- Case analyses are also a tool that an instructor can use to assess any of the learning outcomes listed above. In addition, a case analysis allows an instructor to evaluate the students’ skills in the areas of application, analysis, and synthesis. A case analysis can also be used to evaluate written and/or oral communications skills. Each instructor should try to incorporate at least one case analysis into the course, and preferably two or more if time and class size permit. Textbooks often have end-of-chapter integrative problems that can serve this purpose, as well. Instructors may not substitute case assignments for the common assessment questions and problems of the department; however, they can provide additional information very useful in assessment, especially the assessment of the higher level learning skills. Other types of assignments may also be used by the instructor to assess students’ abilities.
Assessing Written Communications Skills
All FINC-302 courses must assess students’ written communications skills with at least one graded written assignment. The specific assignment is up to the instructor. For example, a written analysis of a Wall Street Journal article, a case analysis, a discussion of the pros and cons of an ethical issue, or a take-home essay question from an exam would meet this requirement. In-class test questions cannot be used. We are trying to evaluate the students’ ability to formulate well organized and clearly articulated thoughts and arguments; we are not trying to evaluate the students’ ability to write under a time constraint.
In addition, it is required that the assignments be typed using word processing software. This reinforces the students’ basic computer skills, and also will make it easier on the professors evaluating these assessment assignments at the end of each semester. The students’ responses must be at least one page in length. The quality of the writing itself (spelling, grammar, clarity, organization, proper use of business terminology, etc.) must receive a separate grade, in addition to any grade assigned to the project reflecting content or knowledge. If practical, the professor may want to use several assignments which specifically assess written communications skills.
Coverage of Ethical Issues
As part of the School’s policy of integrating ethics into the core courses, each FINC-302 class will discuss at least two ethical issues, and preferably more as time permits. Because FINC 302 covers the theory of capital structure (which is fundamentally affected by the agency and bankruptcy costs) there are usually many real-life topical examples available.
The ethical issues can come from whatever source the professor chooses, including textbooks, magazines, the Wall Street Journal, etc. In addition to making excellent discussion topics for class discussion, the analyses of ethical issues can also make excellent projects for assessing written communication.
Statement of Expectations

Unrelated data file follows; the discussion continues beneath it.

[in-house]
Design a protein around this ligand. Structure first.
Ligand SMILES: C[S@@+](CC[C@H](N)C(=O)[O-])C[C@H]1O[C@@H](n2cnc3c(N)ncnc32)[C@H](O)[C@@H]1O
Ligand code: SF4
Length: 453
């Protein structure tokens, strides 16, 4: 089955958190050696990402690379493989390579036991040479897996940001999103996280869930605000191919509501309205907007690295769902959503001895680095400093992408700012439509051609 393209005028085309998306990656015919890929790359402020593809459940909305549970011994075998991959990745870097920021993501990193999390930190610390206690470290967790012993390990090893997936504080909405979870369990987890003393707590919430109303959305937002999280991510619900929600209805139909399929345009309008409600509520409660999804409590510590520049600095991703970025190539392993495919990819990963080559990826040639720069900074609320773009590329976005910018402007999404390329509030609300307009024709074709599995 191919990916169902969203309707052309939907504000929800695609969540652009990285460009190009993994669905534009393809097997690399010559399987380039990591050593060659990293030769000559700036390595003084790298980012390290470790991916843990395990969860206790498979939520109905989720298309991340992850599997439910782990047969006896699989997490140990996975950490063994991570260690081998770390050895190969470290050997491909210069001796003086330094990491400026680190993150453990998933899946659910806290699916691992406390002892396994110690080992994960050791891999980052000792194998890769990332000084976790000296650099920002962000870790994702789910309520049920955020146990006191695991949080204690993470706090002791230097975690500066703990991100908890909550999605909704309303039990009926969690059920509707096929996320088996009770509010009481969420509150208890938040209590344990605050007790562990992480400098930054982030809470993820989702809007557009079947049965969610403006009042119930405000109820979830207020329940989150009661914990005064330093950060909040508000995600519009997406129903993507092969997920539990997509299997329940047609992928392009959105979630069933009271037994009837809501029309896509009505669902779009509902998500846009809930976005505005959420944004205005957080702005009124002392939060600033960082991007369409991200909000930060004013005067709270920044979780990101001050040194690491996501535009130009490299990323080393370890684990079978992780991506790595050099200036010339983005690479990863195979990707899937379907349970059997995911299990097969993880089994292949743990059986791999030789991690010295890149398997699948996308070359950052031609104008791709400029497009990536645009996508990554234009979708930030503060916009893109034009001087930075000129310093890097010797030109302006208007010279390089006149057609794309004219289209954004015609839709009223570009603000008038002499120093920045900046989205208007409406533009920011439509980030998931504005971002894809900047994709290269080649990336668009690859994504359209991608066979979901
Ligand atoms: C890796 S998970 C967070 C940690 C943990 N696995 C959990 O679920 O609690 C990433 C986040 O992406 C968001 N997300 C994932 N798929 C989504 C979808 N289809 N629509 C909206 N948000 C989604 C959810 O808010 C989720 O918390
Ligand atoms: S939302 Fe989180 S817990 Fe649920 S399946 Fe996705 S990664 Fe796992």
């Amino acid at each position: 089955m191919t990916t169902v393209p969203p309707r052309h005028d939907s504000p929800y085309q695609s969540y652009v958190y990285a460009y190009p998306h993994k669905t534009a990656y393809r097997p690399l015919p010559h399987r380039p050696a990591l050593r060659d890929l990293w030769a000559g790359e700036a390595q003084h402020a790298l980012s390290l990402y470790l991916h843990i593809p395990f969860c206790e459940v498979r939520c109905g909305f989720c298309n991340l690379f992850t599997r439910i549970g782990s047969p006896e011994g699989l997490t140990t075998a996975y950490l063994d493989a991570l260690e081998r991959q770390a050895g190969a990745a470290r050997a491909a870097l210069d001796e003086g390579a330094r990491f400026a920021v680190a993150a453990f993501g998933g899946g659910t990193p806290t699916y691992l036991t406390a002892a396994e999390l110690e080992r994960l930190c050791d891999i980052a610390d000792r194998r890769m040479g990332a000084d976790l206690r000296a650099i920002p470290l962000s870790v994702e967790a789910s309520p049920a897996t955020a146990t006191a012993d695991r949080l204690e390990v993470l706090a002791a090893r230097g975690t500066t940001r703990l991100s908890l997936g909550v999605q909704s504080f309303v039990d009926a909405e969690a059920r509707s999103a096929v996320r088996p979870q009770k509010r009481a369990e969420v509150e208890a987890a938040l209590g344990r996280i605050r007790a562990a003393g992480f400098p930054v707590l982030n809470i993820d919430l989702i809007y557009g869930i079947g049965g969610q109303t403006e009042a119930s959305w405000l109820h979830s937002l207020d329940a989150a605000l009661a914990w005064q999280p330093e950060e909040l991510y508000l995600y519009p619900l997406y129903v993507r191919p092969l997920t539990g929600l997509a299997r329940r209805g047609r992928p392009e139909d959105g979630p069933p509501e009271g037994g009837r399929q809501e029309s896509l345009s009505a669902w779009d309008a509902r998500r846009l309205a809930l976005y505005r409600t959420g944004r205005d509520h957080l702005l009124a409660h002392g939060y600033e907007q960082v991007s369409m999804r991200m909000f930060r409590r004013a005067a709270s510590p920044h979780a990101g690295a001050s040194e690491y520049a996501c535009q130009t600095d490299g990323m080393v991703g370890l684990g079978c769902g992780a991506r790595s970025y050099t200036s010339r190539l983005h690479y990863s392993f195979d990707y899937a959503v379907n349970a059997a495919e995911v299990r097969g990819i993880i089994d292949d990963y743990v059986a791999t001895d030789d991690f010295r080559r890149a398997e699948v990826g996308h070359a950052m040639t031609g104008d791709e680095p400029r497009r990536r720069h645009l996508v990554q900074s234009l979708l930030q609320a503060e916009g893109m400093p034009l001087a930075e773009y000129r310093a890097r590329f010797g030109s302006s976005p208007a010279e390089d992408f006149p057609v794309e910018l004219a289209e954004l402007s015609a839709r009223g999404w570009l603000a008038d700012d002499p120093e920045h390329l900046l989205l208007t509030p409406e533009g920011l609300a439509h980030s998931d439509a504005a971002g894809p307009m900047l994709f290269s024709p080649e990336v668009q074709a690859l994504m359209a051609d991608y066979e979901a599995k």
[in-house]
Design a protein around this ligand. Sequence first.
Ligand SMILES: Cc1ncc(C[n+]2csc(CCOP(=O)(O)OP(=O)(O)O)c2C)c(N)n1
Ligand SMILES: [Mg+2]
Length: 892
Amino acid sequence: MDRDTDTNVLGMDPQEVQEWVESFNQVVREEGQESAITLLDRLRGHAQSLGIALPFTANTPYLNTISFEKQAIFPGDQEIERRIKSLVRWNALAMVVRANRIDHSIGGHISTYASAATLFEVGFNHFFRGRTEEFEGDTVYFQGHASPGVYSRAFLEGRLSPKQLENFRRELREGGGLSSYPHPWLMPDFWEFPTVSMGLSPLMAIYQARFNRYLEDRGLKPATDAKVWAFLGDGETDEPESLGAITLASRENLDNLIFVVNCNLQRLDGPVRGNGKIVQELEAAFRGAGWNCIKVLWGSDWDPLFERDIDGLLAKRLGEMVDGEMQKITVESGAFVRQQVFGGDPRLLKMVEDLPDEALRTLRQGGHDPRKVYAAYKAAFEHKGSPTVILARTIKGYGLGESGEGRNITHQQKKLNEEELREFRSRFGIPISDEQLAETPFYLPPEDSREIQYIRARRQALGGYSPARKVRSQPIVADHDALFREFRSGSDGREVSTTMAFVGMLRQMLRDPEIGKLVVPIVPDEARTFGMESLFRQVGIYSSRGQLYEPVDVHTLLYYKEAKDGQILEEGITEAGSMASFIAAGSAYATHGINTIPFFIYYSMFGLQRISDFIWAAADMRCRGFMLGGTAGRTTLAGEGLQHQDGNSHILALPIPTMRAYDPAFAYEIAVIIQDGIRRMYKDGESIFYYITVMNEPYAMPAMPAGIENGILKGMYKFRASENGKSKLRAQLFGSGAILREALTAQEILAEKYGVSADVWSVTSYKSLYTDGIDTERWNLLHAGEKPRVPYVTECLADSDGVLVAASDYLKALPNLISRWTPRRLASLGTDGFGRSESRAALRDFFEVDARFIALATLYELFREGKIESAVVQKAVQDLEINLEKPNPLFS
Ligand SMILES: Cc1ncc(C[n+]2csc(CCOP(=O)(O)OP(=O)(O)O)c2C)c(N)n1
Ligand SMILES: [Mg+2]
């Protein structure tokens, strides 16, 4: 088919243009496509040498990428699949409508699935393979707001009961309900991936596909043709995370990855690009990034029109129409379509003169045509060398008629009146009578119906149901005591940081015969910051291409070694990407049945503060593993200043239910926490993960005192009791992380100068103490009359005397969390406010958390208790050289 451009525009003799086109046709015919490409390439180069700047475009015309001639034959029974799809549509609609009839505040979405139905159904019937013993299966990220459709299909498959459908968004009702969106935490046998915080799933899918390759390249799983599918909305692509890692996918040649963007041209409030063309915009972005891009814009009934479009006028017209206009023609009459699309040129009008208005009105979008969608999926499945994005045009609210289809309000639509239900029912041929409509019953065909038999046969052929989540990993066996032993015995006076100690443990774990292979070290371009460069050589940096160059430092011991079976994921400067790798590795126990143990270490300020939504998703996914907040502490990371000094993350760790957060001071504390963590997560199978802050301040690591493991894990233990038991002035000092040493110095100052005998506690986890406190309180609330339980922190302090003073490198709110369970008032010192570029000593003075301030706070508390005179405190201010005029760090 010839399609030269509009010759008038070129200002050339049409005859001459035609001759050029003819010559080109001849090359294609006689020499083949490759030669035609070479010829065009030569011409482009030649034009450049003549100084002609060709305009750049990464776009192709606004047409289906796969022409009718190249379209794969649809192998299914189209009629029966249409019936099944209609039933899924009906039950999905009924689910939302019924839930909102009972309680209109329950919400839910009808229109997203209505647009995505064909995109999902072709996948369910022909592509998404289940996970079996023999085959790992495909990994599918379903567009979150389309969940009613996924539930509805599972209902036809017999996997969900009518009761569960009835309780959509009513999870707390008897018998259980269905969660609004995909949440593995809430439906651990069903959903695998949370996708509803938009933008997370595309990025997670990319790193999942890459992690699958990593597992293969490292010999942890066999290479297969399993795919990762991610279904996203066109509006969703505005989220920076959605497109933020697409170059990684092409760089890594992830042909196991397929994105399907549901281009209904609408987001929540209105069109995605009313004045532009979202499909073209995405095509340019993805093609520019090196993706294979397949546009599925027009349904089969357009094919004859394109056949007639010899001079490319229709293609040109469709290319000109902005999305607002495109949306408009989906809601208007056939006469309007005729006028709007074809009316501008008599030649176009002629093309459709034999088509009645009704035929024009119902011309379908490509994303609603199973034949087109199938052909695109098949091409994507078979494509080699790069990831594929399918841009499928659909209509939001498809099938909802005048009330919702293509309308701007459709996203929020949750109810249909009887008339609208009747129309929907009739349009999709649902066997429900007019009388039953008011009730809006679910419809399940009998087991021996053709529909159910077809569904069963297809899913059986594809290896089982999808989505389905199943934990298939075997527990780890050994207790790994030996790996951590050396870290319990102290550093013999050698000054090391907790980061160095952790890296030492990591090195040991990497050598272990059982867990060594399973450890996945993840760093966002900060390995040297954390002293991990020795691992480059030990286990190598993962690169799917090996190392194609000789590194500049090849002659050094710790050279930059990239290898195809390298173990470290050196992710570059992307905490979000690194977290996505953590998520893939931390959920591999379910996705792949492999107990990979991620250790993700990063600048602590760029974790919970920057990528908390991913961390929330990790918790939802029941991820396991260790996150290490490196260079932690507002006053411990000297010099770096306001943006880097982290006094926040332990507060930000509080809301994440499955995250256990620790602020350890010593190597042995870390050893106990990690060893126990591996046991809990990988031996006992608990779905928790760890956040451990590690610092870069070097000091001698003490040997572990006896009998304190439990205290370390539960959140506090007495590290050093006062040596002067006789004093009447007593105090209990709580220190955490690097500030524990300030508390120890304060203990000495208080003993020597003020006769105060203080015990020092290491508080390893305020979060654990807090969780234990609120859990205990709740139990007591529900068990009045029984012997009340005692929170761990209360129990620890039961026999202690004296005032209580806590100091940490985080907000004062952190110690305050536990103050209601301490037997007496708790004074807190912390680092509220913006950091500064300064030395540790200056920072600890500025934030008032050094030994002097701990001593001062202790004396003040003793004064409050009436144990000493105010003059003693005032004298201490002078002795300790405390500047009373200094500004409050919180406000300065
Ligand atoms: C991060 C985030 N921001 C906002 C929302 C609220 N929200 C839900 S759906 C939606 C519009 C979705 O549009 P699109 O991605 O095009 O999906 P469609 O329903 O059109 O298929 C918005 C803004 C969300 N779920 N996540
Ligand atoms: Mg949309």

This course is a required core course for all finance majors. It provides the students with a foundation in the functional areas of corporate finance, and the concepts and analytical techniques will be utilized in higher level courses, as well as national certification testing after graduation (CPA and CFA exams).
Therefore, students should have an inherent interest in mastering the material of this course. Students are expected to thoroughly prepare for class by completing any readings, homework problems, or other assignment given by the instructor. Students are expected to attend all classes and to actively participate in any class discussion or other class activity. Students are expected to fully complete any assignments given, and to turn in all assignments on time.
Students should have a basic understanding of the various functional areas of a firm: accounting, marketing, and management. Usually, this knowledge will be obtained through the core business classes.
In addition, students should understand the basic features of the income statement and balance sheet. Students should understand how the activities of the firm are represented on the financial statements. Students should understand basic accounting concepts such as depreciation, book values vs. market values, the accrual principle, and the matching principle. . Usually, this knowledge will be obtained through the core accounting class, ACCT-200.
Students should also understand the basic principles and concepts of microeconomics. Students should understand the characteristics of the various market structures (perfect competition, imperfect competition, oligopoly, and monopoly.) Students should understand the objective of the firm (and its managers.) Microeconomics develops the operations of a firm and its managers in a simple, one-period model. Managerial Finance I builds on this initial framework by extending the analysis to a more realistic multi-period framework. Usually, this knowledge will be obtained through the pre-core Microeconomics ECON-102 course.
Students should have successfully completed FINC301, and be able to value bonds, stocks, and capital projects.
Statement of Academic Integrity
(This section is based in part on the “Academic Integrity” section of the Siena College Catalog.)
Academic dishonesty of any sort will not be tolerated. Academic dishonesty includes, but is not limited to: cheating on an exam, working with other students in violation of the instructor’s policy, plagiarism, and computer abuse. Unless specifically stated by the instructor, all course work is to be completed independently. If a student is unsure of what specific activities may constitute academic dishonesty, the student must clarify this with the instructor. It is the student’s responsibility to be familiar with the student guidelines on academic integrity, “Academic Integrity and the Siena Student”, in the Siena Life handbook.
The penalties for academic dishonesty are severe, and can range up to expulsion from the College. If a case is referred to the Siena Committee on Academic Integrity, the Committee will determine the appropriate penalty, and a statement of the incident will be placed in the student’s academic file.
Institutional Mechanism for Providing Feedback for Continuous Quality Improvement
At the end of each semester, the Finance Department will review the responses to the assessment questions to determine if the students are achieving the specified learning outcomes. The department, and/or individual professors, may also review other exam questions, case analyses, or other assignments to determine if the learning objectives are being met. If they are not being met, the department will take actions to help ensure that the objectives are met in the future.
Concepts and principles to be stressed throughout the course
- The debt/equity tradeoff in capital structure.
- The various methods to model systematic risk.
- The relationship of the firm’s various financial policies to its investors.